The past weeks have been filled with a lot of travelling, from Germany to Canada, back to Germany, now in Finland and soon off to Spain. Many people have said “It must be nice to travel so much” (to a certain extent I agree), but it has been just as exhausting because travel does not equate to rest.
The travel has been exhausting, the jet lag absolutely brutal, my sleeping rhythm is completely out of whack, and all the running around has left me feeling BURNT OUT and in desperate need of some rest and recovery. As I am writing this, I am getting prepared to take a full 10 days away from work and from my laptop (which truthfully feels like an extension of my arms the past few months).
Growing up I was taught that you must work hard to earn the opportunities you want in life. My parents taught me this with good intentions, teachers repeated it, and the sports world reinforced this idea tenfold.
The greatest players and all the inspiring and motivational movies depicted success as: being the hardest worker in the room at all times, early morning trainings, late nights studying game tape, pushing your limits, emptying the tank, and dedicating all of your finite resources to the game.
Hard work, dedication, commitment, persistence, grit, and resiliency. These are all important ingredients to becoming an elite level athlete. But there is one crucial component these stories consistently missed the target on: the importance of rest and recovery.
It is easy to fall into the trap of working hard to get ahead, in hopes of our coach or boss noticing us and promoting us to the next line or project or to feel like we are contributing to our teammates. Being busy and working endlessly has become a warped stamp of approval that we are worthy and important.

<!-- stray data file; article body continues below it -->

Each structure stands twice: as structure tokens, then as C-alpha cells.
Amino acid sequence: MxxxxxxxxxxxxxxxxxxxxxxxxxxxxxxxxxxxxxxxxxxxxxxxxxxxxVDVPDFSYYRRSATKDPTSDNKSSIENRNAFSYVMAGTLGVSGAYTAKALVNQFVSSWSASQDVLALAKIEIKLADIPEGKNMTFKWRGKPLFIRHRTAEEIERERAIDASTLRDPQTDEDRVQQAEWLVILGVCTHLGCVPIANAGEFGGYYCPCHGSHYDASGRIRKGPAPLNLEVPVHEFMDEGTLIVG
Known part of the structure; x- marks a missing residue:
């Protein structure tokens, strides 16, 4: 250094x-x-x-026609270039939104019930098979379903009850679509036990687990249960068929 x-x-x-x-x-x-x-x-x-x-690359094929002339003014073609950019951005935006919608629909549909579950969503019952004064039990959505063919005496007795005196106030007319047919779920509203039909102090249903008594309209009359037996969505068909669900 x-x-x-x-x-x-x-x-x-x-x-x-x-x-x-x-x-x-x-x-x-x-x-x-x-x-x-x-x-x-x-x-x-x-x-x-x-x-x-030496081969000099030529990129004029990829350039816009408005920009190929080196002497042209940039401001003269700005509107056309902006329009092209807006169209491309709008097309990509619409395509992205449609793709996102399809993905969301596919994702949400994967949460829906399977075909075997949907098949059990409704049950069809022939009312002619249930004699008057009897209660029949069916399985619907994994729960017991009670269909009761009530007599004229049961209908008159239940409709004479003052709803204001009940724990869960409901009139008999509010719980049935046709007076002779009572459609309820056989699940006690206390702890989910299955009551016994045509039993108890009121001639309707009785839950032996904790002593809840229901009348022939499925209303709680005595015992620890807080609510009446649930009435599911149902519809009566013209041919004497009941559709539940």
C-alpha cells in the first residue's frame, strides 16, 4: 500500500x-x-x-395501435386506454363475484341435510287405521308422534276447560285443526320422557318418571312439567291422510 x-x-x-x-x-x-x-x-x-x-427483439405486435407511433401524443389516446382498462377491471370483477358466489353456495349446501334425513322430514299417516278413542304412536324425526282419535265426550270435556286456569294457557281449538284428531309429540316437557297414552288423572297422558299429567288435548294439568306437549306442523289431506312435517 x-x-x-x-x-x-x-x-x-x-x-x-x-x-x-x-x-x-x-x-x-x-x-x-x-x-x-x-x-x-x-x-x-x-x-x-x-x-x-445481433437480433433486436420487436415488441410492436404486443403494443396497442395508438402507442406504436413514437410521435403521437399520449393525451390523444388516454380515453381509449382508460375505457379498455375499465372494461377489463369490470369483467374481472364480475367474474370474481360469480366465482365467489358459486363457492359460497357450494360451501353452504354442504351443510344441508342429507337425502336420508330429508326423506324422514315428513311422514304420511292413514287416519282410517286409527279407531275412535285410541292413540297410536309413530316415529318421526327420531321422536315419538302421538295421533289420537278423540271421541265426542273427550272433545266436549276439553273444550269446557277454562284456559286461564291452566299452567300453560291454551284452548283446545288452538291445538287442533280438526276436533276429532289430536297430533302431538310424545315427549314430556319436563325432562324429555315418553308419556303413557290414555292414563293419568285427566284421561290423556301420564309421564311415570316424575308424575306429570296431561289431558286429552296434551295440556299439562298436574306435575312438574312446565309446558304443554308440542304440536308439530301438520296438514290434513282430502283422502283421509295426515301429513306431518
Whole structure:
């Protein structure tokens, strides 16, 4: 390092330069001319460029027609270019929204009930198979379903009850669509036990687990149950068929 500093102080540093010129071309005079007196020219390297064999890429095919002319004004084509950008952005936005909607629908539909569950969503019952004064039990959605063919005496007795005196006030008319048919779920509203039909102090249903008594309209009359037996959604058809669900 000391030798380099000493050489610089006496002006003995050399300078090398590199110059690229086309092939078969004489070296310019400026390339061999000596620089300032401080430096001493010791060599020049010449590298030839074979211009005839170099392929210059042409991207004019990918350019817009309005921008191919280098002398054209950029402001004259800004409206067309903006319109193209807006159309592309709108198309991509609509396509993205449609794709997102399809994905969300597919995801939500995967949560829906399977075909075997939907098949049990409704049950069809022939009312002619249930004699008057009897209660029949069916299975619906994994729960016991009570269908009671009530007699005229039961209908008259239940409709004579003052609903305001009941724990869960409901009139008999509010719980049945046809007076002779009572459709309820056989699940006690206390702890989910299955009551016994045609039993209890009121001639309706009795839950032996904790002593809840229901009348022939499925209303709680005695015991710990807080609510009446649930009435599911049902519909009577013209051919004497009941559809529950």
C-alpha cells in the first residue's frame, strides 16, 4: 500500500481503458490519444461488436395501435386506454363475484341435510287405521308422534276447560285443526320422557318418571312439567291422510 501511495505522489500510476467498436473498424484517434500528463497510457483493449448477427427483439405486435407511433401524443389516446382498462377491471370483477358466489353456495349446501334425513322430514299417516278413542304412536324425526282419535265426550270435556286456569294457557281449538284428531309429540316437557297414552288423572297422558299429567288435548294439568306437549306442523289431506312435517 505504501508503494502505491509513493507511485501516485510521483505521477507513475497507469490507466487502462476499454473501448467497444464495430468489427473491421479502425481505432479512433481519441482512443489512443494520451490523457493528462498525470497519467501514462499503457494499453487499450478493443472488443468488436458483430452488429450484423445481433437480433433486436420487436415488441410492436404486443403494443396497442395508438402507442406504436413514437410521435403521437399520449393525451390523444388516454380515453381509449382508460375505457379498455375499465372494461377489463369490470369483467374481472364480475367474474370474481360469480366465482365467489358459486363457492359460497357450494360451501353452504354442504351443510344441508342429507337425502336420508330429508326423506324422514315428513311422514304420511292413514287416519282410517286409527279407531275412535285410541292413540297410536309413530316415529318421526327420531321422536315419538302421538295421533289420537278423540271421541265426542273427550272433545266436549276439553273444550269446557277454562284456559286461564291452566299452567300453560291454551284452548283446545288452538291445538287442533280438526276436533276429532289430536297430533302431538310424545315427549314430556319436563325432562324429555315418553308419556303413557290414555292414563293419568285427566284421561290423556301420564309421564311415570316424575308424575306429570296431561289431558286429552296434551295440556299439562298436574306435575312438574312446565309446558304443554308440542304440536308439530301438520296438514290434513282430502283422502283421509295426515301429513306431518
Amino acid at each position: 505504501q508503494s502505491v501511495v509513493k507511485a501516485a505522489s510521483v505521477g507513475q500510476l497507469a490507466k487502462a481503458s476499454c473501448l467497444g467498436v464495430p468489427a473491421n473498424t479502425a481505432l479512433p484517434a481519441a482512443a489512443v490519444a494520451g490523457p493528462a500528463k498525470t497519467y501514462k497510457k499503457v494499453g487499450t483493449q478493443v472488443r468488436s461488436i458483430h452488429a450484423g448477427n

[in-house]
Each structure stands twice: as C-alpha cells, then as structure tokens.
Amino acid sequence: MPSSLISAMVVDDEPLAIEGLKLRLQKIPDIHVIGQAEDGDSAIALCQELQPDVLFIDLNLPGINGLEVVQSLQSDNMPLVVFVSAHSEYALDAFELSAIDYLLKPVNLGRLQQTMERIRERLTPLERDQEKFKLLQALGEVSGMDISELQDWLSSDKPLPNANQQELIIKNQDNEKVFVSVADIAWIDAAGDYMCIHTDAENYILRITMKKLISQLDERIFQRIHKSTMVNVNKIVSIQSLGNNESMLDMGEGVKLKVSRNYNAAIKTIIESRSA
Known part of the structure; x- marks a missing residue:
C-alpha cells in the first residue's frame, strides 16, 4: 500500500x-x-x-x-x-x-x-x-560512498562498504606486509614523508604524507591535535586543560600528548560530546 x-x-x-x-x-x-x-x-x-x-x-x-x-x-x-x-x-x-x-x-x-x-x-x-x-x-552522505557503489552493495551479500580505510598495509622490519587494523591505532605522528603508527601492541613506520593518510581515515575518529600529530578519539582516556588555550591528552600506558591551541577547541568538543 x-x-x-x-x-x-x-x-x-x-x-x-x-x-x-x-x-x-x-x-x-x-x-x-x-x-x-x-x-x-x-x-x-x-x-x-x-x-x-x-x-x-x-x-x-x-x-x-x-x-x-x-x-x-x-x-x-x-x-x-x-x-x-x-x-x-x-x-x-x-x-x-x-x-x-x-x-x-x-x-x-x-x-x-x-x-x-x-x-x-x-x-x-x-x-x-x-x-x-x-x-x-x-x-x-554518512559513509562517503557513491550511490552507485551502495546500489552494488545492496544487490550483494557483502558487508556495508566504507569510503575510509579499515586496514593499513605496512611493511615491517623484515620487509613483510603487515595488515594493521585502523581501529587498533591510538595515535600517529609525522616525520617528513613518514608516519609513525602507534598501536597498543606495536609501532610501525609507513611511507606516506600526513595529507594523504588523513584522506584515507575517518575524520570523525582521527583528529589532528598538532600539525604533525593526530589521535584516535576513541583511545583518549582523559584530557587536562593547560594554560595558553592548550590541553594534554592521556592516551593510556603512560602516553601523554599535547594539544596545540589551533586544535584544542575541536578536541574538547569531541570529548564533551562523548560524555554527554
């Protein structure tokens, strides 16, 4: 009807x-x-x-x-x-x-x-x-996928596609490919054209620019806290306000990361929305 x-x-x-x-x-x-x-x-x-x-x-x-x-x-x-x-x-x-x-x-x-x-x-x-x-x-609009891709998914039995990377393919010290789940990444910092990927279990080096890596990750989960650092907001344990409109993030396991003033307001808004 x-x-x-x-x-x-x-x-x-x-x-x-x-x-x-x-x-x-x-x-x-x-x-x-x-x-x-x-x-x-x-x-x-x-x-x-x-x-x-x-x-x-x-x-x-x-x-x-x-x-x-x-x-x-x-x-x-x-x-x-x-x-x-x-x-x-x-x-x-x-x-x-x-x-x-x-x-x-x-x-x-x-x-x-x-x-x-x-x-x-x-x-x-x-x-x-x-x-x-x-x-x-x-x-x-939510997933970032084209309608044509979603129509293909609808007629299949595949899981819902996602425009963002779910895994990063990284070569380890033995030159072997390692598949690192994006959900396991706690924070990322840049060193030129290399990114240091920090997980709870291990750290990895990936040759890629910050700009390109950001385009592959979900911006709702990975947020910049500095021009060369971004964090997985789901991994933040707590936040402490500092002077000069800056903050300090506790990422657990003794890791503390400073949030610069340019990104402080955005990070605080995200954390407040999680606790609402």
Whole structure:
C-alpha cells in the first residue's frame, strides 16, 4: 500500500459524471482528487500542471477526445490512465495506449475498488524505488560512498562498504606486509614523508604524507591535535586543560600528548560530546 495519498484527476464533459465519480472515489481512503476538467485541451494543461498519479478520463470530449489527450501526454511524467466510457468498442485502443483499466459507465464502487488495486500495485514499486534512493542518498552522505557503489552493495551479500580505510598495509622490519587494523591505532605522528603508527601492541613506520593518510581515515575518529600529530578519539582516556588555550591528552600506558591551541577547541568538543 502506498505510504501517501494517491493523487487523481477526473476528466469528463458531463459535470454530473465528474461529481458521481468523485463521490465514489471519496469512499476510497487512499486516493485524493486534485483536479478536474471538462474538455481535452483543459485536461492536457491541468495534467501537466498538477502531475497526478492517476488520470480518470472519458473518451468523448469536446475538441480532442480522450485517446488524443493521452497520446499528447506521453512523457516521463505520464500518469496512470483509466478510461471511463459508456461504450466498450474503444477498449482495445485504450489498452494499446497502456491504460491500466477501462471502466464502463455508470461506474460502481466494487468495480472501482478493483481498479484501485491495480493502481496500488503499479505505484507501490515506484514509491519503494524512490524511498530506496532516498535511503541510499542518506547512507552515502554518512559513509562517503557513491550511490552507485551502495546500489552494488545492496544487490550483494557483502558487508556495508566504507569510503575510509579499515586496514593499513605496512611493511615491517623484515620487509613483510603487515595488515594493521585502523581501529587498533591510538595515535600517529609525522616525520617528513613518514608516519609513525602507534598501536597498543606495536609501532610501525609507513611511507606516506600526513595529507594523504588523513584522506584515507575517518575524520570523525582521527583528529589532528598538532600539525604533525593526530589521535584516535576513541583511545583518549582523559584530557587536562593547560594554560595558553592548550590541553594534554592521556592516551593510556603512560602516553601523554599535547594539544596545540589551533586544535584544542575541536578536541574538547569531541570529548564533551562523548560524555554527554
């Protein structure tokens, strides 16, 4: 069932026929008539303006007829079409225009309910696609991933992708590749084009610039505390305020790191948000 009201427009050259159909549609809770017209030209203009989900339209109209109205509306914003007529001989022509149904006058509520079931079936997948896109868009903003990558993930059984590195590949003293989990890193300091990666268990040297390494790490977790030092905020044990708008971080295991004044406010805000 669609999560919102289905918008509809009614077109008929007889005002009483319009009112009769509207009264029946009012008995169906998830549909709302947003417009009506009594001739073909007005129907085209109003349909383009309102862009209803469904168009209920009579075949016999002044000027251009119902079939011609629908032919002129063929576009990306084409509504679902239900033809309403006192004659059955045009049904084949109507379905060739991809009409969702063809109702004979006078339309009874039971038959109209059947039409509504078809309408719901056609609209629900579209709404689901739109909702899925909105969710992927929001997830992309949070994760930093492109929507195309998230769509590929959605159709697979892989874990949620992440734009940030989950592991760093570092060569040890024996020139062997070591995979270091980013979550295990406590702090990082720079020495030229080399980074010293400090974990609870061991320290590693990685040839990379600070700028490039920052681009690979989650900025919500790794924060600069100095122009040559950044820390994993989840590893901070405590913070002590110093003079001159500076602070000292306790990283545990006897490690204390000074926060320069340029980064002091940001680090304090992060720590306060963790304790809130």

But constantly burning the candle at both ends shows up in our performance over time. It happened to me in university, it has happened to many of my teammates and colleagues, and it continues to show up in the sports and business worlds on a major scale.
Taking time to rest and recover is the best thing you can do for your mind, body, and career – whether you’re an athlete or a corporate employee. By intentionally setting time aside to rest you allow your mind and body to replenish its resources, which will ultimately allow you to perform better when it matters most.
Here are some ways you can be intentional with your recovery:
- Take a rest day from training
- Meditate/breathwork will help relax the body and reset and restore clarity your mind
- Go for a walk in nature
- Sleep more or take a nap
- Unplug from screens
If you’re feeling burnt out and need mindset strategies to help you recover, check out our Braking Burnout Masterclass.
Take the time to recover. You’ll thank yourself later.
– Coach Taylor